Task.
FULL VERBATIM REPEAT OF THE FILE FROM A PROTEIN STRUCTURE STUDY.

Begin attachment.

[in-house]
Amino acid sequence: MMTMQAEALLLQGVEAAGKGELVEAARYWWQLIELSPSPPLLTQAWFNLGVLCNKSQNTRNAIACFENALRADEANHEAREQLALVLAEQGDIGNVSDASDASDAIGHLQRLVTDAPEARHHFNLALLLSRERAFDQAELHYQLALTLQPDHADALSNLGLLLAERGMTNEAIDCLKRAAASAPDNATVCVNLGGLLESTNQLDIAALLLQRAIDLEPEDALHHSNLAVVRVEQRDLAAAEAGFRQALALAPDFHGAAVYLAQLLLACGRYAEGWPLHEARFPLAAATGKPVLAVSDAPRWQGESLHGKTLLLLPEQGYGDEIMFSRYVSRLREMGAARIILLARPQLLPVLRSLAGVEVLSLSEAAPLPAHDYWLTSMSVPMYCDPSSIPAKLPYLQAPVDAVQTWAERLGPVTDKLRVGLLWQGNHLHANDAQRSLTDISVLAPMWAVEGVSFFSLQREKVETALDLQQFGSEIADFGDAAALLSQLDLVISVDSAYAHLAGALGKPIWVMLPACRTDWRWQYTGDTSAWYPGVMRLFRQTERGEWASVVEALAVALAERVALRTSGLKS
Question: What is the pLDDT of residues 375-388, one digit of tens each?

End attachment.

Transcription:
[in-house]
Amino acid sequence: MMTMQAEALLLQGVEAAGKGELVEAARYWWQLIELSPSPPLLTQAWFNLGVLCNKSQNTRNAIACFENALRADEANHEAREQLALVLAEQGDIGNVSDASDASDAIGHLQRLVTDAPEARHHFNLALLLSRERAFDQAELHYQLALTLQPDHADALSNLGLLLAERGMTNEAIDCLKRAAASAPDNATVCVNLGGLLESTNQLDIAALLLQRAIDLEPEDALHHSNLAVVRVEQRDLAAAEAGFRQALALAPDFHGAAVYLAQLLLACGRYAEGWPLHEARFPLAAATGKPVLAVSDAPRWQGESLHGKTLLLLPEQGYGDEIMFSRYVSRLREMGAARIILLARPQLLPVLRSLAGVEVLSLSEAAPLPAHDYWLTSMSVPMYCDPSSIPAKLPYLQAPVDAVQTWAERLGPVTDKLRVGLLWQGNHLHANDAQRSLTDISVLAPMWAVEGVSFFSLQREKVETALDLQQFGSEIADFGDAAALLSQLDLVISVDSAYAHLAGALGKPIWVMLPACRTDWRWQYTGDTSAWYPGVMRLFRQTERGEWASVVEALAVALAERVALRTSGLKS
Question: What is the pLDDT of residues 375-388, one digit of tens each?